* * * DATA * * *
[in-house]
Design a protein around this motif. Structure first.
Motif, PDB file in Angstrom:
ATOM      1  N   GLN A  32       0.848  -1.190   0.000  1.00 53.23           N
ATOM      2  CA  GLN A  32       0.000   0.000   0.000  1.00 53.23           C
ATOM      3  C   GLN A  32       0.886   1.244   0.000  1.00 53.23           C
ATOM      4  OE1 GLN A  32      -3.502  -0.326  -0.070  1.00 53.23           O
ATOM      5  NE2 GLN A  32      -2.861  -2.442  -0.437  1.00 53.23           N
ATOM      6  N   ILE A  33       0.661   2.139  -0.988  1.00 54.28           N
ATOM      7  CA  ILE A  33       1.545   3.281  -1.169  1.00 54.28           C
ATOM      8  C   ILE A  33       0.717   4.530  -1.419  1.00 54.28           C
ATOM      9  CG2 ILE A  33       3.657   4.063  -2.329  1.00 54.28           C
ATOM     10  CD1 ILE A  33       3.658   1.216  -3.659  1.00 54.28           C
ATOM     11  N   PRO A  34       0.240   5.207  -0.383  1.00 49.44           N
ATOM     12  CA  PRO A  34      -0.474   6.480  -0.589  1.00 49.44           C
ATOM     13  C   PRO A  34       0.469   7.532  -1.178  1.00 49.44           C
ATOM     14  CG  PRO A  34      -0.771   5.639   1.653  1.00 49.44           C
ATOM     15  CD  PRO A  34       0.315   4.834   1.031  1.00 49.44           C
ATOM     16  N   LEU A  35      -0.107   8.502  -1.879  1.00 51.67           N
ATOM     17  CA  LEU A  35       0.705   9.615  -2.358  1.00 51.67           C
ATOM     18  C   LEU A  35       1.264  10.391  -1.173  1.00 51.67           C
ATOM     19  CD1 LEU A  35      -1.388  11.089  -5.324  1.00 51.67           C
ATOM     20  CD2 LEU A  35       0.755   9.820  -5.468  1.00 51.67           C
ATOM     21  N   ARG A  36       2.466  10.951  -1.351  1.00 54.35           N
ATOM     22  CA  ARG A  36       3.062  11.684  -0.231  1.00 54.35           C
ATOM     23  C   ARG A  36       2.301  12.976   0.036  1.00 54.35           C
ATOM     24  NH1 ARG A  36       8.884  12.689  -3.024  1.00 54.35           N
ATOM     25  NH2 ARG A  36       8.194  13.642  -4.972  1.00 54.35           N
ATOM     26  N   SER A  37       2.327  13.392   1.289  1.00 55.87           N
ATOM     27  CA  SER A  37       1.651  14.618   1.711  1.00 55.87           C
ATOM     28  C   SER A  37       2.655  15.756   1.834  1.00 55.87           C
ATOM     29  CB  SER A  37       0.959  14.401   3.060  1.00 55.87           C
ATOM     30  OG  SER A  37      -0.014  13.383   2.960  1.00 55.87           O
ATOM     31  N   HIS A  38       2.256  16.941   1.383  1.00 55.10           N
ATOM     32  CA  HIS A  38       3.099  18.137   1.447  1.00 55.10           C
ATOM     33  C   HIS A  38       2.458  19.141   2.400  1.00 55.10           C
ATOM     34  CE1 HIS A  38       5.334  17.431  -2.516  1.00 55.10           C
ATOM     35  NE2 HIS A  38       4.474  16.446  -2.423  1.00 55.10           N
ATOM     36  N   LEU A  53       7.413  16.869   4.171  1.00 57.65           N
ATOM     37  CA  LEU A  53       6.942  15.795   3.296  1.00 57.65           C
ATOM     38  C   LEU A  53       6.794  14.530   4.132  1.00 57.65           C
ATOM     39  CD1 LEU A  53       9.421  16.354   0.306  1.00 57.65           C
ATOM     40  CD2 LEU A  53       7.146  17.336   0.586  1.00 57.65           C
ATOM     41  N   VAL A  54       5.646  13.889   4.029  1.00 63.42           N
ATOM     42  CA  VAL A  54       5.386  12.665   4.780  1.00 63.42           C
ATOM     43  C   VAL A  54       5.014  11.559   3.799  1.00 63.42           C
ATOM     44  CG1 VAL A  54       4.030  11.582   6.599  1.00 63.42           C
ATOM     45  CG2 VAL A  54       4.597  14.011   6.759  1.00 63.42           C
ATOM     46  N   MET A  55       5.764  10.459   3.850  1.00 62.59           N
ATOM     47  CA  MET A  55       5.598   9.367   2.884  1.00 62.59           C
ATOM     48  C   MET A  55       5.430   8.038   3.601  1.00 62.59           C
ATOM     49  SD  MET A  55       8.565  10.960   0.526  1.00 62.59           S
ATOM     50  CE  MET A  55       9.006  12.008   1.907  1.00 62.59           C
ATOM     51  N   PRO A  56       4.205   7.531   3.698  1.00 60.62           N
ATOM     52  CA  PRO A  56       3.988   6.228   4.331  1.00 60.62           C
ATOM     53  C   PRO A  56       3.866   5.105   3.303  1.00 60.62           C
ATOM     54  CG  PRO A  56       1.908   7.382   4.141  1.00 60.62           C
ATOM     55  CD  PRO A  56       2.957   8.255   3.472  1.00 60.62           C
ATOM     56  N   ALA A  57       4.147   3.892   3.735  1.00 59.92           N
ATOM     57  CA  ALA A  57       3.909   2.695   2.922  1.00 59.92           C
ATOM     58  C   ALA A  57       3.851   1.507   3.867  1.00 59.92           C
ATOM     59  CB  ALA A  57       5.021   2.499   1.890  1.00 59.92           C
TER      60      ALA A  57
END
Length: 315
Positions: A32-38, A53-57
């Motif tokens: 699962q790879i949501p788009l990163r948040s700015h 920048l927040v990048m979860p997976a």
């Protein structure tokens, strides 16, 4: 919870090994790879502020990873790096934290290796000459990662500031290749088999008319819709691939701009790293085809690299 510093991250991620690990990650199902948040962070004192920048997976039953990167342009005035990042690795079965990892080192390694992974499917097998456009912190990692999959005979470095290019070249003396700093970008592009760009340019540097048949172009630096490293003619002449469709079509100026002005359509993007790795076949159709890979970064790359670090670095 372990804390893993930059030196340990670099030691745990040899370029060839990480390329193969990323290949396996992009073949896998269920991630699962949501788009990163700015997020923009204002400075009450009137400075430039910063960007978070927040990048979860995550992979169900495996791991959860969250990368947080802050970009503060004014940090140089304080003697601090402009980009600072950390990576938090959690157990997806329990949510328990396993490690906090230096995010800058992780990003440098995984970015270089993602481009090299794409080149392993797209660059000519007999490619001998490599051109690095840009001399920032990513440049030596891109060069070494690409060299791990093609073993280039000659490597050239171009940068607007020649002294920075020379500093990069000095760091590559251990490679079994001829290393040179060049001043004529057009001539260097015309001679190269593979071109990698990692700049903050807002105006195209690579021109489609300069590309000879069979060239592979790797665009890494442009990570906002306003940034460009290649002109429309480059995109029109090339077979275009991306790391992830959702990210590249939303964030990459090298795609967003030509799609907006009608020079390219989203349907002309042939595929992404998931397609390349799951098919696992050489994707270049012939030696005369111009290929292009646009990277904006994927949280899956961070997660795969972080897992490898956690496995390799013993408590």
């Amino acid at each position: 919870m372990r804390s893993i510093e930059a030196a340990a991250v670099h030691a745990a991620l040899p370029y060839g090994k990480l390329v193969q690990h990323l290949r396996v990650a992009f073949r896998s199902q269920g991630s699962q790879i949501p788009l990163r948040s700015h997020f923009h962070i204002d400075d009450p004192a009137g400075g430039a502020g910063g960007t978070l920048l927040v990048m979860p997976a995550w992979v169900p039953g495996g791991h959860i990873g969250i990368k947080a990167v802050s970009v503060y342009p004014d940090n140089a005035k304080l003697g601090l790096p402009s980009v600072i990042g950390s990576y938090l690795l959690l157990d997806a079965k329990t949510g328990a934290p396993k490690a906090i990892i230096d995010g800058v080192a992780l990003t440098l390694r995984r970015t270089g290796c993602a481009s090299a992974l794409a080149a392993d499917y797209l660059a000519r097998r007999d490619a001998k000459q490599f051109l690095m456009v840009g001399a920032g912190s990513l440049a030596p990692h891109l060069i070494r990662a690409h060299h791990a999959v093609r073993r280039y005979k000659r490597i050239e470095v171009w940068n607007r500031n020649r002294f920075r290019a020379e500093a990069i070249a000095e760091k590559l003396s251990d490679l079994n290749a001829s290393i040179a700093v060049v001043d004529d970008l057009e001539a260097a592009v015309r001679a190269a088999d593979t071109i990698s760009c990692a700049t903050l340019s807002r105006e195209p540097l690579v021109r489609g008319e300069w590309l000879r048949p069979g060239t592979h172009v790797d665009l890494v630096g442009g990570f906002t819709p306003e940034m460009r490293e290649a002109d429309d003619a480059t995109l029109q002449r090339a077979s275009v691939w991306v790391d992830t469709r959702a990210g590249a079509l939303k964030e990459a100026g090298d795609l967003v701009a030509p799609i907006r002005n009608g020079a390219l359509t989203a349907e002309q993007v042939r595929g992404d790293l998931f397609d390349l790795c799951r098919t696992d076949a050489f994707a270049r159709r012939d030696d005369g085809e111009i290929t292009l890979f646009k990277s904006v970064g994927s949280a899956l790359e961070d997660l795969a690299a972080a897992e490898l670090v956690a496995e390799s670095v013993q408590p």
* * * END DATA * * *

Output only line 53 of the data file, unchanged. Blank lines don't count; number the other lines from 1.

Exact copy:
ATOM     50  CE  MET A  55       9.006  12.008   1.907  1.00 62.59           C